I think the main goal is not to make the AI clever, but convincing as a fun opponent, or crowd of opponents in this case.
This, a thousand times this. To me, a fun, immersive AI is better than a blood-thirsty, perfectly optimal AI.
I play a lot of strategy games, mostly 4X, some not (MOO2, GalCiv II/III, Civ 2/3/4/5, AoW 2/3, Hearts of Iron III, et al.). On every forum I've visited, for every game I have played, I see the same comments: "This AI sucks, it's total crap." Sometimes with "and Game X did it better." Go to Game X's forum and you see "Game Y does it better."
It seems to me that this is often a combination of two factors: a vast overestimation of the capabilities of modern strategy game AI, and an inherent disagreement with the purpose of any particular game's AI - whether it should be only out to "win", or be an immersive AI with character; whether it should be predictable, random, optimal, etc. And when it comes to challenging a player, many expect it to be able to play at human-levels of competence.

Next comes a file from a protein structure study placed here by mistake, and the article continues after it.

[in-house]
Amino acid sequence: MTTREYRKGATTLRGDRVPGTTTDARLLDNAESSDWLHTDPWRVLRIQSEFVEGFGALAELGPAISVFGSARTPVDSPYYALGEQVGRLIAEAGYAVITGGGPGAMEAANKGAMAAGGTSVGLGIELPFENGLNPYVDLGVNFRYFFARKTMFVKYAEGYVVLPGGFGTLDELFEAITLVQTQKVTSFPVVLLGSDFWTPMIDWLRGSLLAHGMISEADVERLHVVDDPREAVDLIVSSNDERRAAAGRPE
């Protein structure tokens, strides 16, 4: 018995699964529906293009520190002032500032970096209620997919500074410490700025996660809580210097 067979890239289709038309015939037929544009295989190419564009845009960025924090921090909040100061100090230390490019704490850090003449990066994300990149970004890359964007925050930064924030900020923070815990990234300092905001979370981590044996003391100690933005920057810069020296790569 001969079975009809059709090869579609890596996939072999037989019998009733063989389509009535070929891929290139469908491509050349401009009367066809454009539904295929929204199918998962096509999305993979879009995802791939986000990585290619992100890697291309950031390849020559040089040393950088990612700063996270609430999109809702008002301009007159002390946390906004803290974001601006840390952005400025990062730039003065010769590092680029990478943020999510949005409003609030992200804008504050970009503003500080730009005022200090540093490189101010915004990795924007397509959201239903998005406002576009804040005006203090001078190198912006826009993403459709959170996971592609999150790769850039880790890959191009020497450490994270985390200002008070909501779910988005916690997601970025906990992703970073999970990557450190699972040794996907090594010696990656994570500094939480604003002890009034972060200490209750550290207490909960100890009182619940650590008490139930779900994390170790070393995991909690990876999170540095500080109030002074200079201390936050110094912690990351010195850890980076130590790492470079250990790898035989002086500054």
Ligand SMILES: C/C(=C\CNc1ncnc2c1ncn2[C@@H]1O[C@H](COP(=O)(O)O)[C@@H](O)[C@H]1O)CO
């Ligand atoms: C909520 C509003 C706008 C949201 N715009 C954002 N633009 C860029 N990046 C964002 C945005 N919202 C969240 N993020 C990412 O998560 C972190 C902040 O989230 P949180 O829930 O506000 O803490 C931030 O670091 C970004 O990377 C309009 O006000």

Disregarding the sheer improbability of that occurring in a game (the first person to code human-level AI will be ushering in an incredible revolution of technical development), some seem to forget the most basic fact, that "human-level" competence is already a widely varying attribute. Some people struggle with the easiest difficulty levels in games; if you could build AI to perfectly imitate those individuals, there would still be outcry of "how poor the AI is."
Anyway, in regards to the OP, I found GalCiv II to have quite decent AI, certainly comparable to other games, and often superior to them. The fact that Brad and Stardock continue to work on and support their games for years just ensures that the AI will continue to improve - and it already has a pretty good start.